In previous blogs we have outlined the variety of reasons as to why to install solar panels on roofs, but it is of equal importance that people know how to do it as well. The following blog contains important aspects that consumers should consider in order to empower themselves with solar PV.
Certification of installers
One of the most important elements of installing a solar system is selecting installers who have the necessary knowledge and skills to install a rooftop solar system properly and safely. Certification programs exist in many countries for solar installers, so it is advisable to choose a company that is certified in these programs. Certified installers can bring a level of expertise to your solar project, which provides you with peace of mind for the quality, efficiency, and longevity of your installation.
Examples of certification programs for installers are:
- The United States – NABCEP
- China – SGS
- The United Kingdom – MCS
- France – CERTISOLIS
Thus, it is important to research and consider the existing solar installers certifications in a country as this will help to guarantee the success and sustainability of solar projects.
Moreover, trusted installers can be found by taking a look at the members of the solar association of a specific country or region, many of which can be found via the Global Solar Council website such as SER, MESIA, Solar Power Europe, and many more.
There are other certifications to look out for when considering transitioning to solar energy, for example:
- R2 – An indication of the recyclability of a given panel.
- ROHS – A commitment to avoid the use of hazardous chemicals and materials in the development of renewable energy sources.
- Cradle to Cradle – A commitment to both responsible sourcing and waste management of renewable energy sources
There are a variety of these certifications which guarantee that a consumer’s choice to use solar PV is as sustainable and environmentally friendly as possible.
Correct sizing in relation to consumption profiles
When ready to start planning a rooftop project, some key questions arise: How many panels do you need? What capacity do you want your installation to be? Do you need a battery?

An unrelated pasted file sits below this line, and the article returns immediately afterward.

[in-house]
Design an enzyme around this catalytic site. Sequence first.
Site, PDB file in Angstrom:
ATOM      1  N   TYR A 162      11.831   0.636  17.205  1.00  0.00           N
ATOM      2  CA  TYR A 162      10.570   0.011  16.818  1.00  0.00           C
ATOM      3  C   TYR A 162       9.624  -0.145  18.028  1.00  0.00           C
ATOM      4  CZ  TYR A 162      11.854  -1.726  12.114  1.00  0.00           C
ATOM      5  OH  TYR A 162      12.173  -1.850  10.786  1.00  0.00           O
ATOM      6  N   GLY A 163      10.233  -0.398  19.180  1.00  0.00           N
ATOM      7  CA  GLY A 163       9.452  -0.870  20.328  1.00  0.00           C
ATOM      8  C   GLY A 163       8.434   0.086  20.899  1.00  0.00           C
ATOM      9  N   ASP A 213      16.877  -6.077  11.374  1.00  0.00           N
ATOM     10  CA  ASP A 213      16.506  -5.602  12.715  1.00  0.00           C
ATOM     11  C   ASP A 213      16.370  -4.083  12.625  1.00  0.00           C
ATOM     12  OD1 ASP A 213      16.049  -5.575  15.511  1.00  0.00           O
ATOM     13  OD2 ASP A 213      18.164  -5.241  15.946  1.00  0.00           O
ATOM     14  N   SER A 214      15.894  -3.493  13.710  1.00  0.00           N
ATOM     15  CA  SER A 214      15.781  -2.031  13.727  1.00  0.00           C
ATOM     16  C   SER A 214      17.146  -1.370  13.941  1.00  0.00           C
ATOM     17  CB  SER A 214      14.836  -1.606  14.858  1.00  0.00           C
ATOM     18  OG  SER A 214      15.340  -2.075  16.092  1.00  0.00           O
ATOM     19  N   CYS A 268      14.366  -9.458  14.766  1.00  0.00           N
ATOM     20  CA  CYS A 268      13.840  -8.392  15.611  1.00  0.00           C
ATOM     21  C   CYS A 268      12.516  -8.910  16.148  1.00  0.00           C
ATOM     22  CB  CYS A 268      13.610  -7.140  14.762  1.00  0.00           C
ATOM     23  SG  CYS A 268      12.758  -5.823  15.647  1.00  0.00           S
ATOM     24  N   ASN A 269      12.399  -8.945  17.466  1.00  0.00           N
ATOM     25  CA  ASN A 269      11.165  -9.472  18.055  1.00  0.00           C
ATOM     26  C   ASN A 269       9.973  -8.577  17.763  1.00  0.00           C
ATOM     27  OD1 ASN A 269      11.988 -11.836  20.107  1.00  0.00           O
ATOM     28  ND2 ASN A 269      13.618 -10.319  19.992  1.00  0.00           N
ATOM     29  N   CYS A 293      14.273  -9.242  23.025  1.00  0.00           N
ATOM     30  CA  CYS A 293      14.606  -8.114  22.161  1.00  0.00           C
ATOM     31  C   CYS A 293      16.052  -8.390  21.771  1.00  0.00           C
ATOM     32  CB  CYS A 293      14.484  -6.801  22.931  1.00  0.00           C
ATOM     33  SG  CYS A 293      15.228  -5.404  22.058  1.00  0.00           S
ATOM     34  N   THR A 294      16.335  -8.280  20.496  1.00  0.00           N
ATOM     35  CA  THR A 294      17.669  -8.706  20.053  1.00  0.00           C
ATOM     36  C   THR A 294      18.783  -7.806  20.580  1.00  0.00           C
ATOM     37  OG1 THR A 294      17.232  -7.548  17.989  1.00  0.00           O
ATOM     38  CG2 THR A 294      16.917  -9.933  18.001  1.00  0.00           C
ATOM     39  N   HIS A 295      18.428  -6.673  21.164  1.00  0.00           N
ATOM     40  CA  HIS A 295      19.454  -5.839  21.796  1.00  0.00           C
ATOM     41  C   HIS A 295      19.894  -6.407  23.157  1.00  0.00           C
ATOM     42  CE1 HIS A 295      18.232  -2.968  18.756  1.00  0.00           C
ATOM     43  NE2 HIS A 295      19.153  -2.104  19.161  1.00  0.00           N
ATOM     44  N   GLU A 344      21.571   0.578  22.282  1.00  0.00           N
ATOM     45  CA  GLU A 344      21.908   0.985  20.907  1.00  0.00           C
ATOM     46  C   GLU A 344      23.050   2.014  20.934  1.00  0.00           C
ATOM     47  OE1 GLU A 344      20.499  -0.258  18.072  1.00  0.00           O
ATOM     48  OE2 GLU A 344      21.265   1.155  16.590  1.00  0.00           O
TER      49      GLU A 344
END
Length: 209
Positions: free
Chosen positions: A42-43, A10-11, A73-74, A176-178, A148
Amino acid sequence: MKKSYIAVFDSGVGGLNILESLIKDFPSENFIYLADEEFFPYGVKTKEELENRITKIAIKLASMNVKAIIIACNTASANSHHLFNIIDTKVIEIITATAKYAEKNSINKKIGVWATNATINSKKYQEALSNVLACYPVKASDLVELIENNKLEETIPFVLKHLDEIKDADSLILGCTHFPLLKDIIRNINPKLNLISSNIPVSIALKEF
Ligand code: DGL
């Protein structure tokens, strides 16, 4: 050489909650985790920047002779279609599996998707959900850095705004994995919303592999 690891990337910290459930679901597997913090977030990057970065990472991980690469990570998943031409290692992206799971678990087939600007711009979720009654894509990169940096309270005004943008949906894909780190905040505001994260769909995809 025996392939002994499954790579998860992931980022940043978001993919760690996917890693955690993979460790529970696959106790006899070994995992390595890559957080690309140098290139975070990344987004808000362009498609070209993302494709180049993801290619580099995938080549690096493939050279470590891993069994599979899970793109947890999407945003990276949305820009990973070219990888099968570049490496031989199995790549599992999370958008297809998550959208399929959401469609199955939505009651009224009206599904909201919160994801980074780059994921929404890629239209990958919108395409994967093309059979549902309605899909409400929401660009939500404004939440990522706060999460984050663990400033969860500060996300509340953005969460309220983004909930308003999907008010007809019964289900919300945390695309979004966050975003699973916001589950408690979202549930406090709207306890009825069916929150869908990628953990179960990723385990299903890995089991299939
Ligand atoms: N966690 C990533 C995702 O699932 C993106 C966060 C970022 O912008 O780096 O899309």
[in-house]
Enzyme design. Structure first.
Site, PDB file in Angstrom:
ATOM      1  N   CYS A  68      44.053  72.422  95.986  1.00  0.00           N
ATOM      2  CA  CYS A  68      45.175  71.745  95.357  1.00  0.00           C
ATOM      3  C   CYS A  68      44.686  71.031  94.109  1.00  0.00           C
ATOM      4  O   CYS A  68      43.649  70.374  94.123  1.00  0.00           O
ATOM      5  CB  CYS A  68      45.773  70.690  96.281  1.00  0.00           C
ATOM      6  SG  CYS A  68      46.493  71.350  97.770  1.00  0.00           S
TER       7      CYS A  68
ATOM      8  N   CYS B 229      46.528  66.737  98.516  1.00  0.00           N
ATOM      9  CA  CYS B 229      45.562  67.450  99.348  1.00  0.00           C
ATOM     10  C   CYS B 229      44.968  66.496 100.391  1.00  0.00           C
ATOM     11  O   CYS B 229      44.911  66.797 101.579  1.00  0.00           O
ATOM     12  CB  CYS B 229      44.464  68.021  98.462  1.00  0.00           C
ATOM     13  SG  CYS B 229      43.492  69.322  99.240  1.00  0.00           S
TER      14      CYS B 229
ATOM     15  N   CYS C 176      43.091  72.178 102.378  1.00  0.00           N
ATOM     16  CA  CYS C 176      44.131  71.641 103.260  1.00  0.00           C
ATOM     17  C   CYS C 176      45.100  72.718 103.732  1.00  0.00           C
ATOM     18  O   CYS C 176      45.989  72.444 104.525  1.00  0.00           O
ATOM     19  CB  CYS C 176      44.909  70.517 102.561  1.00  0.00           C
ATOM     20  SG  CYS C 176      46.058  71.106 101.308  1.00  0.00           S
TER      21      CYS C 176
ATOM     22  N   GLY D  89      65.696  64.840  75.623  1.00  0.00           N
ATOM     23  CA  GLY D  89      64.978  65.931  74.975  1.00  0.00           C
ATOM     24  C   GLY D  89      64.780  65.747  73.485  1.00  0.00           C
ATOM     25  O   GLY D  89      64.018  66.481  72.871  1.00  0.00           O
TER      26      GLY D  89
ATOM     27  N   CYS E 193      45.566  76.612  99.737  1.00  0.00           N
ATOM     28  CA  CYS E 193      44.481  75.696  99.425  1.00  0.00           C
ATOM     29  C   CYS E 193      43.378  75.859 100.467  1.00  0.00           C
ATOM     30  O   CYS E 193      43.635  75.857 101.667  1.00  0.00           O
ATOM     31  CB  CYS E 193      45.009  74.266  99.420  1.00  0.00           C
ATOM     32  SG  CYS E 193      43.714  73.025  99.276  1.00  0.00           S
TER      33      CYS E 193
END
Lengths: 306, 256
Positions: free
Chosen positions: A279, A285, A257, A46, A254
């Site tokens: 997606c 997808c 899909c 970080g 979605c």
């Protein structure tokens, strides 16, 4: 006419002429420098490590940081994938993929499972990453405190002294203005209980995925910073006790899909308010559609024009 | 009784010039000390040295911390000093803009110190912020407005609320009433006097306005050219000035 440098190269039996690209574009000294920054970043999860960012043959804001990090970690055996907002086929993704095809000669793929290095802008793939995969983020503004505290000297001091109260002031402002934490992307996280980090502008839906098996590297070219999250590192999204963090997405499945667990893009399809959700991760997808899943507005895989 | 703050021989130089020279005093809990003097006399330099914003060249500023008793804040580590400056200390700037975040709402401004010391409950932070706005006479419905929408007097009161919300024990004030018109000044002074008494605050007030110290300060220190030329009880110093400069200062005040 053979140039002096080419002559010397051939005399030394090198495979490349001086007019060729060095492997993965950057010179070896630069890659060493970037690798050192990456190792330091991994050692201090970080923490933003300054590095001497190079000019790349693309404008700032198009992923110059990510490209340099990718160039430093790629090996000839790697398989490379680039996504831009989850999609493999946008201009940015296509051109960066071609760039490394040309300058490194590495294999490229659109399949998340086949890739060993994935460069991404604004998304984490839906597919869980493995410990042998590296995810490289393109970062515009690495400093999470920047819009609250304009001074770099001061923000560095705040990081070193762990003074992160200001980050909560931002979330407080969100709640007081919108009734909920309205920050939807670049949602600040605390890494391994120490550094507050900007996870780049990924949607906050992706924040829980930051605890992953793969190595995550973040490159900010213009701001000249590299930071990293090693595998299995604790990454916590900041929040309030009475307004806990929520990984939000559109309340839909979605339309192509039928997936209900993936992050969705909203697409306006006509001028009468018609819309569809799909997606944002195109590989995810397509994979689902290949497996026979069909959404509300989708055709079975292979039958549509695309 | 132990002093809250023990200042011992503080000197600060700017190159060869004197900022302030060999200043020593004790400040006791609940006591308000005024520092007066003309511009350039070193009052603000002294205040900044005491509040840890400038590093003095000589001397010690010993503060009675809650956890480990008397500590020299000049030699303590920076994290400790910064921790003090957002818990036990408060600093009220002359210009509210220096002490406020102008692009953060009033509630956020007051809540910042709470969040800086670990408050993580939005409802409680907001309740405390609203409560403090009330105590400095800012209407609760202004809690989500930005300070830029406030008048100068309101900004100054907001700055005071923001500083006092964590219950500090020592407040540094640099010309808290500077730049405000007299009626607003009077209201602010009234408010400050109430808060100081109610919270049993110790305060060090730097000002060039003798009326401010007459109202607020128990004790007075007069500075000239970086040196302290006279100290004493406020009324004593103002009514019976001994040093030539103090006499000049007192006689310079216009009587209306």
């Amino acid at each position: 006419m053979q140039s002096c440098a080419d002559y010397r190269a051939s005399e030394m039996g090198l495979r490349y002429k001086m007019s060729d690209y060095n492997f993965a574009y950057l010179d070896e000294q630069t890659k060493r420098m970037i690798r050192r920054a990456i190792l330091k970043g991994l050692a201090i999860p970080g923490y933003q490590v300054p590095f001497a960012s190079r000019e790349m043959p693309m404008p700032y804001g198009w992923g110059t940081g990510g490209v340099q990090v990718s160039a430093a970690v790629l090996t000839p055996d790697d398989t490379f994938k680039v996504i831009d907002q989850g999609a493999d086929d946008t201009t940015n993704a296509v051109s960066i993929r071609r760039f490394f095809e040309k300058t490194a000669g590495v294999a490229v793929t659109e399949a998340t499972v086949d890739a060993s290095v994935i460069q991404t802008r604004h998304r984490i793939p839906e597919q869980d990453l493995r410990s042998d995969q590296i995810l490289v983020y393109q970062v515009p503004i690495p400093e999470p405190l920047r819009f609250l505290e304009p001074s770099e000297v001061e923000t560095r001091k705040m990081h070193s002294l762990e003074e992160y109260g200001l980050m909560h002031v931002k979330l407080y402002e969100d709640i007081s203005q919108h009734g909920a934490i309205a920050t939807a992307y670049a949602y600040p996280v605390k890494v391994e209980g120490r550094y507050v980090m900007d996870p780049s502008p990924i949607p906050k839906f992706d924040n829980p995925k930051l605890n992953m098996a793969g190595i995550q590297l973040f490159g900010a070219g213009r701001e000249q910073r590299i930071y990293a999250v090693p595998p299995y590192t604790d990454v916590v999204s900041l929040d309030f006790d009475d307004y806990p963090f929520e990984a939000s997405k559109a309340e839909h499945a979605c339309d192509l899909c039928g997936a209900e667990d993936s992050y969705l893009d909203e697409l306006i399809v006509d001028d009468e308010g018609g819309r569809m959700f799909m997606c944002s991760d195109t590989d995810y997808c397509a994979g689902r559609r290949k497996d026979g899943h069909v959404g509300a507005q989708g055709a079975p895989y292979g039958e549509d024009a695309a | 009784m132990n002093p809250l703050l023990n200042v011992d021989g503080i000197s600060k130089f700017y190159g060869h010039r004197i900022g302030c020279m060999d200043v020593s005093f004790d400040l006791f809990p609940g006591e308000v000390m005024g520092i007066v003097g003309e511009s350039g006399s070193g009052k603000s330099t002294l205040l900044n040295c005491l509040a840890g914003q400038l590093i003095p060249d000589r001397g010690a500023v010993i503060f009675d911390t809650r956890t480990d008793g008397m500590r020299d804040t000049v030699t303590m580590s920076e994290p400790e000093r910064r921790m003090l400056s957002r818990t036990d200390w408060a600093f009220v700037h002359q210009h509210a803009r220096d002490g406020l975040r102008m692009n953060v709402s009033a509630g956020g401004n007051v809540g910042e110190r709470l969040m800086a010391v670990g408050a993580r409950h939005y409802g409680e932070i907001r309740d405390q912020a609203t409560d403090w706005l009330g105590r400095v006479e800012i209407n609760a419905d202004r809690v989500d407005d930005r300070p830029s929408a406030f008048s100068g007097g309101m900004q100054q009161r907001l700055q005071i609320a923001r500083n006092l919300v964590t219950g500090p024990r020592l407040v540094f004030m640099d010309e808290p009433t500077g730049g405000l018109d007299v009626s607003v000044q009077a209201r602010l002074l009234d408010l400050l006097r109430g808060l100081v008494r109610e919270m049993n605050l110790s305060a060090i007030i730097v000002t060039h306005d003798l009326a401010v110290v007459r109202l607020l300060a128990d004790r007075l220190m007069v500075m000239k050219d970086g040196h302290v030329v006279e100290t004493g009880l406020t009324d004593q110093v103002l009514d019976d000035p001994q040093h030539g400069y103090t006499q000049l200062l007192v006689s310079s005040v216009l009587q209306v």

These are all important decisions to consider as they will have an effect on the cost, and dimension of the system. In fact, it is important that rooftop solar plants are sized according to the demand they’ll need to satisfy (keeping into account the near future power needs resulting from a wider electrification but avoiding oversizing), to minimize the excess energy to be fed to the grid and reduce investment cost in storage while maximizing the self-consumption capacity.
Of course, when making a plan with the installers, they will perform a study of the building as well as on current and planned energy usage, and compare this with the available solar energy resource in your region. They will then calculate the number and size of solar panels you will need to meet all or a portion of the electrical power requirements.
Conversely, depending on your area, you can use tools that allow for calculation of solar generation, payback times, and more, such as Chile’s national simulator; or even explore the IRENA SolarCity Simulator, which can provide detailed information on energy generation, payback times, and many other factors relating to solar installations in a number of cities. This is done via the use of satellite imagery which is able to estimate the area suitable for panels, the solar radiation on the given area, as well as the geographical orientation and peak sun times. There are also a number of software tools developed by specialized companies to allow you to perform comprehensive simulations.
Installing efficient and high-quality solar panels for safety and longevity
Solar panels are high-tech pieces of equipment that will guarantee the efficient conversion of solar energy in clean and affordable power for a long time, but it is still important to find the best panels for your project as they will maximize the benefits that you can gain from your own energy transition.